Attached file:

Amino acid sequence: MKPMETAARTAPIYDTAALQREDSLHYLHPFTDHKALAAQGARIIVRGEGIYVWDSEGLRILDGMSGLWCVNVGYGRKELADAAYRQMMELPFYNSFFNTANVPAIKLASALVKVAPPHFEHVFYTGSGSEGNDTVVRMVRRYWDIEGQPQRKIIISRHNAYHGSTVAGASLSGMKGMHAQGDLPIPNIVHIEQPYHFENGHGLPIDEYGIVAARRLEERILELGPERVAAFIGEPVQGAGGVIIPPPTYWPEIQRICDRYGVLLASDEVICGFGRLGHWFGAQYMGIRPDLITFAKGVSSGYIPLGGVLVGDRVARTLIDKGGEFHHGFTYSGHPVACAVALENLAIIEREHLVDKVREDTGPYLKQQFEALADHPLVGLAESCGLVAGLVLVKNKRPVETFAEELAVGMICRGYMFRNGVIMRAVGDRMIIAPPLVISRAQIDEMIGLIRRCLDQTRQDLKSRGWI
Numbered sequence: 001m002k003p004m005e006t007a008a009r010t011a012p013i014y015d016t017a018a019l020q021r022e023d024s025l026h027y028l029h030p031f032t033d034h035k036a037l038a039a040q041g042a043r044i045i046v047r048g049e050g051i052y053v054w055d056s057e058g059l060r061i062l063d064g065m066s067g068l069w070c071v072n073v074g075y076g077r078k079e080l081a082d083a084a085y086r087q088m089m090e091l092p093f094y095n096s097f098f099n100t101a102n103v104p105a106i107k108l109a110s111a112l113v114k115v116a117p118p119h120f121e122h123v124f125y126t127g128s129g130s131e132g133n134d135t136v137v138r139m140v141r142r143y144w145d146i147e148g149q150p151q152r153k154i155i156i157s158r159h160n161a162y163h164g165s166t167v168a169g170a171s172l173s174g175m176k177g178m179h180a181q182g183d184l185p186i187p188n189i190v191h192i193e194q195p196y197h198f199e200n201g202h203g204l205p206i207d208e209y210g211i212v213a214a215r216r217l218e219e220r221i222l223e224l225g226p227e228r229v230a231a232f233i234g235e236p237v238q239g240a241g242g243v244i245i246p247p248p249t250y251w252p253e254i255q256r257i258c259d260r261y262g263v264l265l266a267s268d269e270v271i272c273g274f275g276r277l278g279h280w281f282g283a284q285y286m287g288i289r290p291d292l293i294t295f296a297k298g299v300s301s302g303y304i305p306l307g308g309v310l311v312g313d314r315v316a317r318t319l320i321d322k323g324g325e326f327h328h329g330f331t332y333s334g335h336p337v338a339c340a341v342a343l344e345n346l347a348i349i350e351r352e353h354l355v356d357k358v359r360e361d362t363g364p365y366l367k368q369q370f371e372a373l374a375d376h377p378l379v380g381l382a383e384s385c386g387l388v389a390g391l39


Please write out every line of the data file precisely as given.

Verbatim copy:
Amino acid sequence: MKPMETAARTAPIYDTAALQREDSLHYLHPFTDHKALAAQGARIIVRGEGIYVWDSEGLRILDGMSGLWCVNVGYGRKELADAAYRQMMELPFYNSFFNTANVPAIKLASALVKVAPPHFEHVFYTGSGSEGNDTVVRMVRRYWDIEGQPQRKIIISRHNAYHGSTVAGASLSGMKGMHAQGDLPIPNIVHIEQPYHFENGHGLPIDEYGIVAARRLEERILELGPERVAAFIGEPVQGAGGVIIPPPTYWPEIQRICDRYGVLLASDEVICGFGRLGHWFGAQYMGIRPDLITFAKGVSSGYIPLGGVLVGDRVARTLIDKGGEFHHGFTYSGHPVACAVALENLAIIEREHLVDKVREDTGPYLKQQFEALADHPLVGLAESCGLVAGLVLVKNKRPVETFAEELAVGMICRGYMFRNGVIMRAVGDRMIIAPPLVISRAQIDEMIGLIRRCLDQTRQDLKSRGWI
Numbered sequence: 001m002k003p004m005e006t007a008a009r010t011a012p013i014y015d016t017a018a019l020q021r022e023d024s025l026h027y028l029h030p031f032t033d034h035k036a037l038a039a040q041g042a043r044i045i046v047r048g049e050g051i052y053v054w055d056s057e058g059l060r061i062l063d064g065m066s067g068l069w070c071v072n073v074g075y076g077r078k079e080l081a082d083a084a085y086r087q088m089m090e091l092p093f094y095n096s097f098f099n100t101a102n103v104p105a106i107k108l109a110s111a112l113v114k115v116a117p118p119h120f121e122h123v124f125y126t127g128s129g130s131e132g133n134d135t136v137v138r139m140v141r142r143y144w145d146i147e148g149q150p151q152r153k154i155i156i157s158r159h160n161a162y163h164g165s166t167v168a169g170a171s172l173s174g175m176k177g178m179h180a181q182g183d184l185p186i187p188n189i190v191h192i193e194q195p196y197h198f199e200n201g202h203g204l205p206i207d208e209y210g211i212v213a214a215r216r217l218e219e220r221i222l223e224l225g226p227e228r229v230a231a232f233i234g235e236p237v238q239g240a241g242g243v244i245i246p247p248p249t250y251w252p253e254i255q256r257i258c259d260r261y262g263v264l265l266a267s268d269e270v271i272c273g274f275g276r277l278g279h280w281f282g283a284q285y286m287g288i289r290p291d292l293i294t295f296a297k298g299v300s301s302g303y304i305p306l307g308g309v310l311v312g313d314r315v316a317r318t319l320i321d322k323g324g325e326f327h328h329g330f331t332y333s334g335h336p337v338a339c340a341v342a343l344e345n346l347a348i349i350e351r352e353h354l355v356d357k358v359r360e361d362t363g364p365y366l367k368q369q370f371e372a373l374a375d376h377p378l379v380g381l382a383e384s385c386g387l388v389a390g391l39